Data from: Clonal genetic variation in a Wolbachia-infected asexual wasp: horizontal transmission or historical sex?
Cite this dataset
Kraaijeveld, Ken et al. (2011). Data from: Clonal genetic variation in a Wolbachia-infected asexual wasp: horizontal transmission or historical sex? [Dataset]. Dryad. https://doi.org/10.5061/dryad.hh1f7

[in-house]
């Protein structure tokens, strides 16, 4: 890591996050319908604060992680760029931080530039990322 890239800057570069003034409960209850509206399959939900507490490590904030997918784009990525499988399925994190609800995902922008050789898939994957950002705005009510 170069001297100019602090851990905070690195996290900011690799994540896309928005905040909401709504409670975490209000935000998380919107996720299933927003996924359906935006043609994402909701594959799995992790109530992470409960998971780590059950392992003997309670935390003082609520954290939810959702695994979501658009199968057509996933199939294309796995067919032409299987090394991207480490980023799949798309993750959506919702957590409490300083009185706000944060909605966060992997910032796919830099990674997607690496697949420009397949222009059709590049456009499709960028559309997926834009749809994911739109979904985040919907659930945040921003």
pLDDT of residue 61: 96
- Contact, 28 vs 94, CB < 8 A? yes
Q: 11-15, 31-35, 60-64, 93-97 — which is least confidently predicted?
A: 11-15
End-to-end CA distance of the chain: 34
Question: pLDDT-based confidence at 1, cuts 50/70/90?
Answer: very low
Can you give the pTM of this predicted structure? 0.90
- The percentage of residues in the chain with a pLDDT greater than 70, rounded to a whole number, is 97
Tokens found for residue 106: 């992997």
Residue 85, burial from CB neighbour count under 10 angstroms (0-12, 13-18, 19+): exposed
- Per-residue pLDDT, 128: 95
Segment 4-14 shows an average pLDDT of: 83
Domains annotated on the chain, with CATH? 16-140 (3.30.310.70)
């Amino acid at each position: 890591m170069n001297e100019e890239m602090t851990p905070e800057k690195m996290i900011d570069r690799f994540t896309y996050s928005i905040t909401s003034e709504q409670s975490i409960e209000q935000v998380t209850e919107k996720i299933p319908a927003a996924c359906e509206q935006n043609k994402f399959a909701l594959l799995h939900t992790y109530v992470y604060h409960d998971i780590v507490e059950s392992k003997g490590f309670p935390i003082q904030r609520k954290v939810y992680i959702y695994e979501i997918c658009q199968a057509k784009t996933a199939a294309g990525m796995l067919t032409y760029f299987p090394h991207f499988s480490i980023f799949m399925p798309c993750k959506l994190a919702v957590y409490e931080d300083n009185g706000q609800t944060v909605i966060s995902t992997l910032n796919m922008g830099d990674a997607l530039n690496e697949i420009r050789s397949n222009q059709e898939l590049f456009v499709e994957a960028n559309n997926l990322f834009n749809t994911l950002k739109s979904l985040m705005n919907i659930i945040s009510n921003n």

Wolbachia are endocellular bacteria known for manipulating the reproductive systems of many of their invertebrate hosts. Wolbachia are transmitted vertically from mother to offspring. In addition, new infections result from horizontal transmission between different host species. However, to what extent horizontal transmission plays a role in the spread of a new infection through the host population is unknown. Here, we investigate whether horizontal transmission of Wolbachia can explain clonal genetic variation in natural populations of Leptopilina clavipes, a parasitoid wasp infected with a parthenogenesis-inducing Wolbachia. We assessed variance of markers on the nuclear, mitochondrial and Wolbachia genomes. The nuclear and mitochondrial markers displayed significant and congruent variation among thelytokous wasp lineages, showing that multiple lineages have become infected with Wolbachia. The alternative hypothesis in which a single female became infected, the daughters of which mated with males (thus introducing nuclear genetic variance) cannot account for the presence of concordant variance in mtDNA. All Wolbachia markers, including the hypervariable wsp gene, were invariant, suggesting that only a single strain of Wolbachia is involved. These results show that Wolbachia has transferred horizontally to infect multiple female lineages during the early spread through L. clavipes. Remarkably, multiple thelytokous lineages have persisted side-by-side in the field for tens of thousands of generations.